Shaping Scotland’s sustainable recovery

The Data-Driven Innovation initiative has contributed to a major Scottish government report on the economic recovery from Covid-19.

In June, the Scottish Government Advisory Group on Economic Recovery published their report “Towards a Robust, Resilient Wellbeing Economy for Scotland” outlining 25 recommendations to structure Scotland’s recovery from Covid-19.

The report outlined three major challenges; inequality, education, and unemployment – and emphasised the need for “sustainable prosperity”. Beyond government, universities and other City Region Deal partners have a role to play bringing these recommendations to life.

The University of Edinburgh, DDI initiative and other Edinburgh and South East Scotland City Region Deal partners offered their assistance to the advisory group, which was led by Benny Higgins, former CEO of Tesco Bank.

The City Region Deal’s case for capital investment is recognised with the recommendation of “an investment led recovery” and the suggestion of a “more regionally focused model in order to address the specific new challenges of economic recovery”, which explicitly places City-Region Growth Deals at the forefront of delivery.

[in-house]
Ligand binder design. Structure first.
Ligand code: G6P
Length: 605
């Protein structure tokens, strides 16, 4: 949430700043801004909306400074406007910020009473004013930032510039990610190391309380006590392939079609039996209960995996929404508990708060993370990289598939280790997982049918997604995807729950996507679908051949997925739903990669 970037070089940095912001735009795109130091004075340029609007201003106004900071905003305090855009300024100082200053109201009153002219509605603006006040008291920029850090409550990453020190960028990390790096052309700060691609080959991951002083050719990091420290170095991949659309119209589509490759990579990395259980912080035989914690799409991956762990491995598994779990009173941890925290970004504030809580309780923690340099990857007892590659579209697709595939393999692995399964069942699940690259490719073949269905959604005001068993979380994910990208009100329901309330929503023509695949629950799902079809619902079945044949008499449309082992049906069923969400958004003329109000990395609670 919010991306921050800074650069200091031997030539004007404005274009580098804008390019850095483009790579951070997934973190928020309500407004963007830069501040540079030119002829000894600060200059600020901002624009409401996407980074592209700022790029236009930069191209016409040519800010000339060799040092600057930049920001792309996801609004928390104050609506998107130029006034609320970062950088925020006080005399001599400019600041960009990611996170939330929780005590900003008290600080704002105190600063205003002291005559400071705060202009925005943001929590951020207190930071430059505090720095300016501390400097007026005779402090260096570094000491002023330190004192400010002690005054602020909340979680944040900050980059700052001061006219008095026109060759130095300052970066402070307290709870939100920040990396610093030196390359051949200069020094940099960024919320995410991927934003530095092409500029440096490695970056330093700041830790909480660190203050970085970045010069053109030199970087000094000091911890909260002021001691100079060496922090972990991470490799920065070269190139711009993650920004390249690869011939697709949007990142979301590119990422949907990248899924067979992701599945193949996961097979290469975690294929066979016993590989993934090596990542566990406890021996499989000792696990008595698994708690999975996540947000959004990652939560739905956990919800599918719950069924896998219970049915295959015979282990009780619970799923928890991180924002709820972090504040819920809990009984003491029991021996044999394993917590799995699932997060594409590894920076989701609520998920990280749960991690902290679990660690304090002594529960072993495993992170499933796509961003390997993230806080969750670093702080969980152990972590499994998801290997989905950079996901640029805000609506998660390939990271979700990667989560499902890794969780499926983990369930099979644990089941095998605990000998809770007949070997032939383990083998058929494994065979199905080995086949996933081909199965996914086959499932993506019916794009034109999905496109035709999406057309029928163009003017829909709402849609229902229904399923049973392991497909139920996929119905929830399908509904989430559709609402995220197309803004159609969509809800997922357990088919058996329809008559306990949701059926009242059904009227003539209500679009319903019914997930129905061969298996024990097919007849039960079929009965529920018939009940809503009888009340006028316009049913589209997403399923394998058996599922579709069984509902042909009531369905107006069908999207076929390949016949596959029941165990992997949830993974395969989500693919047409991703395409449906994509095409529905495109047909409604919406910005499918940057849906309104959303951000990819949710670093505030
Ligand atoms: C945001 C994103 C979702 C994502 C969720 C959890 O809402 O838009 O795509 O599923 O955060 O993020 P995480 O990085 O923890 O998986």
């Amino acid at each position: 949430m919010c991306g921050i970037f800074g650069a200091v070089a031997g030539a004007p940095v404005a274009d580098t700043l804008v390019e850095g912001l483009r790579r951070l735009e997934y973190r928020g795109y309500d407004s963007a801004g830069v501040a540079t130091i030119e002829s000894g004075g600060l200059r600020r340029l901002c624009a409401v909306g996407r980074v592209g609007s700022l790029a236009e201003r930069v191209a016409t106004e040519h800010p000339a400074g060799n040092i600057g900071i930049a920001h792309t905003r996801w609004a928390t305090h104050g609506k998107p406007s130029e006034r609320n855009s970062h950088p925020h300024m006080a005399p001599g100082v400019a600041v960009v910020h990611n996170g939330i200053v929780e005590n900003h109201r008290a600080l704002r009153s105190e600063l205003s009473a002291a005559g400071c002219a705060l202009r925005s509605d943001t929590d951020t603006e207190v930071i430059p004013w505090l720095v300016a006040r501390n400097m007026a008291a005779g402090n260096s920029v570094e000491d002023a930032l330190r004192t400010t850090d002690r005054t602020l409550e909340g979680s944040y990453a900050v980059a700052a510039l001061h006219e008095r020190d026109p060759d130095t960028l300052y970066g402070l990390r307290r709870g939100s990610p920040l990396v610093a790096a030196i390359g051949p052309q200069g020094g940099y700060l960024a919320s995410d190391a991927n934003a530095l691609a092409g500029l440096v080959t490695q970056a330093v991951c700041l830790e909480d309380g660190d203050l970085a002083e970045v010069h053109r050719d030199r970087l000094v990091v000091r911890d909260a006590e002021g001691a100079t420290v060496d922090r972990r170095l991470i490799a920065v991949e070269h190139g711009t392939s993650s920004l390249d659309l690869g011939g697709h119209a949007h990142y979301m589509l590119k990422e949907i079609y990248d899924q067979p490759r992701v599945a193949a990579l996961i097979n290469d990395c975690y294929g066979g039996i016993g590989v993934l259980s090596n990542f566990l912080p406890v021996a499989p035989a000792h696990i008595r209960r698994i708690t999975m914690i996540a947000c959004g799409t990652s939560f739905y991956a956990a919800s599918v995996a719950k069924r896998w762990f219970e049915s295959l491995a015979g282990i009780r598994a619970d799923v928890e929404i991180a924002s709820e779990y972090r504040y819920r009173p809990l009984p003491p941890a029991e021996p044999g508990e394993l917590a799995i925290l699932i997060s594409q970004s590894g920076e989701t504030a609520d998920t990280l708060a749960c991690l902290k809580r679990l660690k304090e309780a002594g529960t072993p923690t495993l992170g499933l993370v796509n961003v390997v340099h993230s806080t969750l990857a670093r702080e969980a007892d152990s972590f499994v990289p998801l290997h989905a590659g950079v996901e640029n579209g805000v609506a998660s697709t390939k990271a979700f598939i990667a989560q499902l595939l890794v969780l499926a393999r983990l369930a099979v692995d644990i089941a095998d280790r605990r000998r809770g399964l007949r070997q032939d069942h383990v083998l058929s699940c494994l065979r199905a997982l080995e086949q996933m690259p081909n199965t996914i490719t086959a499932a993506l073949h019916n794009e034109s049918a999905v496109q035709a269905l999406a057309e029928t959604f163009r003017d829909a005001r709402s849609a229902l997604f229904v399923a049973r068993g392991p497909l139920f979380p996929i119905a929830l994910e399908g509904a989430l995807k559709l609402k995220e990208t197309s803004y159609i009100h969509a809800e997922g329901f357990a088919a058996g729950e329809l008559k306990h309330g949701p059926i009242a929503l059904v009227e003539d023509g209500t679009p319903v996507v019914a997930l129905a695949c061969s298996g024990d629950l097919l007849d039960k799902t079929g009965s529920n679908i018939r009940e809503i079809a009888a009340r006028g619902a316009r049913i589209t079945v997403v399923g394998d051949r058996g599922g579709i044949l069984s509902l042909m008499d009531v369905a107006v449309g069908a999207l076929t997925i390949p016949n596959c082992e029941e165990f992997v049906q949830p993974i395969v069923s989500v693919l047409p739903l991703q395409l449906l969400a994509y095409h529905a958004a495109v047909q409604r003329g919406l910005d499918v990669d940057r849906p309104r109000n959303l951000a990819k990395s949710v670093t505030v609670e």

The University of Edinburgh and the DDI initiative also called for commitment to an integrated skills strategy. This influenced recommendations in the report addressing skills needed in the labour market and the development of these in universities and colleges. The report’s focus on education and employment will make the DDI Skills Gateway’s “Data Skills for Work” campaign and its collaboration with colleges particularly relevant to recovery. Lastly, the University’s call to study and develop new ways to work was reflected in the report section entitled “workplace innovation” which highlighted the importance of fair work principles in the ‘new normal’.

The University of Edinburgh and DDI are well placed to support other recommendations in the report. For instance, existing and nascent projects encouraging innovation in tourism and hospitality, creative industry and social care will contribute to the recovery of these sectors, which are highlighted as being of vital importance in the report.

Similarly, the “green spine” which runs throughout the report can be supported by innovative projects. For instance, the creation of the Rosyth Advanced Manufacturing Park in Fife will allow the testing of tidal turbine blades and can contribute to making Scotland a leader in marine renewables.

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